by: Jim Bronowski
To start with, many idle problems with non-pump equipped engines can often be traced to an improperly positioned fuel tank or a fuel tank that is too far from the engine. The center-line of the fuel tank should never be any higher than the center-line of the fuel jet and preferably 1/4 to 3/8 inches below. This helps decrease the siphoning action with a full tank of fuel.
The make of the glow plug also plays an important role. Any older design, cross-flow scavenged (ported) two-stroke engine should use an idle bar glow plug. Most of the newer Schnuerle ported two-stroke engines do not require an idle bar plug, but if idle problems are experienced, an idle bar plug should be used. If you aren’t sure whether the engine is cross-flow or Schnuerle ported, just look into the exhaust. If there is a baffle on the far side of the piston, the engine is cross-flow ported. If there is no baffle, it is Schnuerle ported. Some engines do have better idle characteristics than others due to differences in porting, timing, compression ratio, etc.
When it comes to the actual adjustment, there are two basic methods. The first is to start with the fuel tank half full and the idle speed set in the 2,500-2,700 rpm range. This is where a good tachometer comes in handy and is something every toolbox should contain, not just for setting idle speed but for proper richening of the top end as well. Then, use the “pinch test” (i.e. pinch the fuel line). If the engine dies immediately, the idle mixture is too lean and needs to be opened in 1/8-inch increments. If the engine speeds up and the idle improves, the mixture is too rich and the adjustment should be turned in or leaned.
If the engine is cowled in and the fuel line to the carburetor is not easily accessible, with a tricycle gear ship, lower the tail. If the engine dies immediately, the mixture is too lean. If the idle improves, the mixture is too rich. Remember to always make any idle mixture adjustments in 1/8-turn increments—not one or two turns at a time.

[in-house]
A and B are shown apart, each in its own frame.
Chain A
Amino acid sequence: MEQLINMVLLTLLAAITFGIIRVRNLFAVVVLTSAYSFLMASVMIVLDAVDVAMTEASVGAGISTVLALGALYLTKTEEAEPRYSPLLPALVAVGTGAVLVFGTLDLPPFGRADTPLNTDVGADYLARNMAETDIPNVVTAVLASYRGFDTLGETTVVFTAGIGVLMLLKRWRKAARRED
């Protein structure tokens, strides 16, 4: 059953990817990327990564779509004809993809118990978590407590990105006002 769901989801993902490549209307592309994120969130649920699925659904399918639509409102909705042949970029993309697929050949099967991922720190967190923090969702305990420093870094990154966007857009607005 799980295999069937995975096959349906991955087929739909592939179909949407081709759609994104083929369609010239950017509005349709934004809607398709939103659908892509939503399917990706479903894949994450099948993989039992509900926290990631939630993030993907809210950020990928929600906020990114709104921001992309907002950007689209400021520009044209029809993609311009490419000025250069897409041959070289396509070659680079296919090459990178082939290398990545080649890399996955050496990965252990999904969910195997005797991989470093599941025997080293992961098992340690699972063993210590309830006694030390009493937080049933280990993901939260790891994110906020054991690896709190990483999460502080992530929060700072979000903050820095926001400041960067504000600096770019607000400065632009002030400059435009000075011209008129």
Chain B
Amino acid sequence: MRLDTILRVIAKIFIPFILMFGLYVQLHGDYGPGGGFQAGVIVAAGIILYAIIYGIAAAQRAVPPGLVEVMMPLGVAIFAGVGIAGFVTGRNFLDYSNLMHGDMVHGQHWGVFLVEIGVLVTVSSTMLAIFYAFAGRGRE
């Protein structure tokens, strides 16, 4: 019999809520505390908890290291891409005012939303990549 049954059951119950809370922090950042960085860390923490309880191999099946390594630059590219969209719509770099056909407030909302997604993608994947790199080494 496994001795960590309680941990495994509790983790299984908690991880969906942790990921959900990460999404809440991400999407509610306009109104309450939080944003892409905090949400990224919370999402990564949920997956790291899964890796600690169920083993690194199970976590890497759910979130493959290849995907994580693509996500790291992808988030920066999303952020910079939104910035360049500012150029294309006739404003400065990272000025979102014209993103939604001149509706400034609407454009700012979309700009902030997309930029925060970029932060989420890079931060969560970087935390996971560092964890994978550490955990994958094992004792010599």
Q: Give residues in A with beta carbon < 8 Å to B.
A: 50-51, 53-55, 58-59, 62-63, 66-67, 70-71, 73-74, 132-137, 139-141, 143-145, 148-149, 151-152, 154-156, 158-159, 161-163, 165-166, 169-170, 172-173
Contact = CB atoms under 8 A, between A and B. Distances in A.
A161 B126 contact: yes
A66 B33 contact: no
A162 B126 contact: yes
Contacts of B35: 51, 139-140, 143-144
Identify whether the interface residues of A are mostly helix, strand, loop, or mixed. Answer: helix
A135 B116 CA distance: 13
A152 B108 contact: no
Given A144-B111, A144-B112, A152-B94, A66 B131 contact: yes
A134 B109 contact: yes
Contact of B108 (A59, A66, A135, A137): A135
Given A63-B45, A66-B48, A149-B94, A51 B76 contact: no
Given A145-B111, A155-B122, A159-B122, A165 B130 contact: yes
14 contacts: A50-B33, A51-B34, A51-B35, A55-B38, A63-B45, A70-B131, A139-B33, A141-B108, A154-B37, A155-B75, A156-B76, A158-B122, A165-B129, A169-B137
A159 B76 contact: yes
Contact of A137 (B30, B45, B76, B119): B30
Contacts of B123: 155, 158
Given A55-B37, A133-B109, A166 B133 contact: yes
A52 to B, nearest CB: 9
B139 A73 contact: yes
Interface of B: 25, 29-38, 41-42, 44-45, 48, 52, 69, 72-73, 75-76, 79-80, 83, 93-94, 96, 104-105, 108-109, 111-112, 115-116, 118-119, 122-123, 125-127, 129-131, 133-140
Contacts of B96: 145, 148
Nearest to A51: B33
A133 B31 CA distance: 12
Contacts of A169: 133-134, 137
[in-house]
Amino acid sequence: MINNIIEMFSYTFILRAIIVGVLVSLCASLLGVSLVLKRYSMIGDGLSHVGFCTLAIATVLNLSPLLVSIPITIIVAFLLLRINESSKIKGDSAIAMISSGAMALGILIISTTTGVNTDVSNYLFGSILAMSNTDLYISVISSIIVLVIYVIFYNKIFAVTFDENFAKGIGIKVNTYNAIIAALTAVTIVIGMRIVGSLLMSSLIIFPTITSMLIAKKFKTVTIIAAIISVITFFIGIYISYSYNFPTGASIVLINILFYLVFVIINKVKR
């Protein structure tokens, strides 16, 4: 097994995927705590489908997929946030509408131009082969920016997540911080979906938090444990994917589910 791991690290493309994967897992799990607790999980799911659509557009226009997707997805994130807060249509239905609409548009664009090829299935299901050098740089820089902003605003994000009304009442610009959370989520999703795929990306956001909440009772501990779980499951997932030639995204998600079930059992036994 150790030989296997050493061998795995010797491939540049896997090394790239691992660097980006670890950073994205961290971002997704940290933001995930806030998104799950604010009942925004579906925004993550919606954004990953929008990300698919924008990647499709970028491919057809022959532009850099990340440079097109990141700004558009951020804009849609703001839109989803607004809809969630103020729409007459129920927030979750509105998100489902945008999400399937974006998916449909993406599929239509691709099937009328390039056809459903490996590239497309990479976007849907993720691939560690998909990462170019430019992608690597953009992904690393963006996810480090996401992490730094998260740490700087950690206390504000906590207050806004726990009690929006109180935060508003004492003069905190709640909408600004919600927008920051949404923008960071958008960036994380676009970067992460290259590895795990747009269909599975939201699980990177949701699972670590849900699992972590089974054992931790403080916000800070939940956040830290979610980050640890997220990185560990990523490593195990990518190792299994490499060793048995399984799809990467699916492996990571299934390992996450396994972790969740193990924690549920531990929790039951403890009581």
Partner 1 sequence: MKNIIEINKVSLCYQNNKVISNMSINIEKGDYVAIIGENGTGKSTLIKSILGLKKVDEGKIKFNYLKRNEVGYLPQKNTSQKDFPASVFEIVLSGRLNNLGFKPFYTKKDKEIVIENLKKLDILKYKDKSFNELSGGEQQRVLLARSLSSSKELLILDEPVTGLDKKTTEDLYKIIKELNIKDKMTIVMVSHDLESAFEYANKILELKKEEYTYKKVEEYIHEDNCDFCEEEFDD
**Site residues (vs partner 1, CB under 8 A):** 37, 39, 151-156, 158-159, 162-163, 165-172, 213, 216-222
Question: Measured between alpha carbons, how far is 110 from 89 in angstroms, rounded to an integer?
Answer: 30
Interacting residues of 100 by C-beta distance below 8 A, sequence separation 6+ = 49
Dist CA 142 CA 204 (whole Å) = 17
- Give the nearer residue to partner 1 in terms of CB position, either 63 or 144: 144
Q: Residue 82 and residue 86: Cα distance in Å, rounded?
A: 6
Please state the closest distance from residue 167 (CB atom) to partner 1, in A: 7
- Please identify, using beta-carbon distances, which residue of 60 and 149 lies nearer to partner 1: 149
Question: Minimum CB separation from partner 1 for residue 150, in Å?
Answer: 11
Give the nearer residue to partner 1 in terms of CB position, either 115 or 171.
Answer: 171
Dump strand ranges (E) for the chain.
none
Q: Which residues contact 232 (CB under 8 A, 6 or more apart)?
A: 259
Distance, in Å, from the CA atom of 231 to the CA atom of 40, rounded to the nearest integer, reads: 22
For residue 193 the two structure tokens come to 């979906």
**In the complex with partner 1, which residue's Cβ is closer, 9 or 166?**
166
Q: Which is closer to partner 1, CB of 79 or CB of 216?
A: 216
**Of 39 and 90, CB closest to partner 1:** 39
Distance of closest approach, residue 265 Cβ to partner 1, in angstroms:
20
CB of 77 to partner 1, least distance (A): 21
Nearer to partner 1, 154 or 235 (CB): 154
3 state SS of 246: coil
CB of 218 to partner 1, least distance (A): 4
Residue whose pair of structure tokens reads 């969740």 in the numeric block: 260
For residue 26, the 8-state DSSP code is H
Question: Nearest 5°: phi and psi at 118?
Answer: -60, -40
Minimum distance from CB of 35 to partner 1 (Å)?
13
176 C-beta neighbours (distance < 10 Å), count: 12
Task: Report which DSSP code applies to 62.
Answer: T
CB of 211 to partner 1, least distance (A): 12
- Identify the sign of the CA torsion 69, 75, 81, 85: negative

With a tail-dragger, make the mixture adjustments with the tail raised to a level position, being careful not to go so high as to have the propeller hit the ground. Then, lower the tail following the same procedure as with the tricycle gear model.
For the final check, accelerate the engine to full throttle. If it slows and sags and has a weak sound, the mixture is too lean and needs richening. If the engine sputters and spits out a lot of smoke, the mixture is too rich and should be leaned.
After a satisfactory idle and acceleration have been established, you can try lowering the idle speed to the point where the engine will remain idle for a prolonged period with good acceleration to full throttle. Again, the idle speed should be set with a tachometer and not by ear.
Many cases of an engine dying at idle are simply because of pilots who try to idle the engine too slow. It is nice to watch an engine tick over at 1,800 rpm, but an idle speed in the 2,200-2,500 rpm range is more practical and reliable.
Also remember, the heavier the propeller and the larger the diameter, the better the flywheel action. Increased flywheel action is always beneficial to a slow and reliable idle.